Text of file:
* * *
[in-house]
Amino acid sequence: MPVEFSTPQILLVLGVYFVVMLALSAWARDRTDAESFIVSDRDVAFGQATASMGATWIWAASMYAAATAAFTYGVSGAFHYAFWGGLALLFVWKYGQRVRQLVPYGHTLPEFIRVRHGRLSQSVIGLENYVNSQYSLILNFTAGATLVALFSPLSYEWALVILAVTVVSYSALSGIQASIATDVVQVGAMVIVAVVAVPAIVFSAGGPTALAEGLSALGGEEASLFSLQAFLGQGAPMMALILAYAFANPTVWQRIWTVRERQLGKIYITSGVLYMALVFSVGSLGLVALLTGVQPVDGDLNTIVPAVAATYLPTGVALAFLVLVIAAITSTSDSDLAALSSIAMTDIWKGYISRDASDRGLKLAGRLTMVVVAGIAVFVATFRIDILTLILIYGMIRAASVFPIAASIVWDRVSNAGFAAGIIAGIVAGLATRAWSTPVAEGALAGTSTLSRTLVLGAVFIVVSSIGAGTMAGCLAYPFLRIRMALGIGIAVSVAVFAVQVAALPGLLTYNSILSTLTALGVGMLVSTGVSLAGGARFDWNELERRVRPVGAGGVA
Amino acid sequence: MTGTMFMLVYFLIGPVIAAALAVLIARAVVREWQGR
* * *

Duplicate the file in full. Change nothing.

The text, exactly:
[in-house]
Amino acid sequence: MPVEFSTPQILLVLGVYFVVMLALSAWARDRTDAESFIVSDRDVAFGQATASMGATWIWAASMYAAATAAFTYGVSGAFHYAFWGGLALLFVWKYGQRVRQLVPYGHTLPEFIRVRHGRLSQSVIGLENYVNSQYSLILNFTAGATLVALFSPLSYEWALVILAVTVVSYSALSGIQASIATDVVQVGAMVIVAVVAVPAIVFSAGGPTALAEGLSALGGEEASLFSLQAFLGQGAPMMALILAYAFANPTVWQRIWTVRERQLGKIYITSGVLYMALVFSVGSLGLVALLTGVQPVDGDLNTIVPAVAATYLPTGVALAFLVLVIAAITSTSDSDLAALSSIAMTDIWKGYISRDASDRGLKLAGRLTMVVVAGIAVFVATFRIDILTLILIYGMIRAASVFPIAASIVWDRVSNAGFAAGIIAGIVAGLATRAWSTPVAEGALAGTSTLSRTLVLGAVFIVVSSIGAGTMAGCLAYPFLRIRMALGIGIAVSVAVFAVQVAALPGLLTYNSILSTLTALGVGMLVSTGVSLAGGARFDWNELERRVRPVGAGGVA
Amino acid sequence: MTGTMFMLVYFLIGPVIAAALAVLIARAVVREWQGR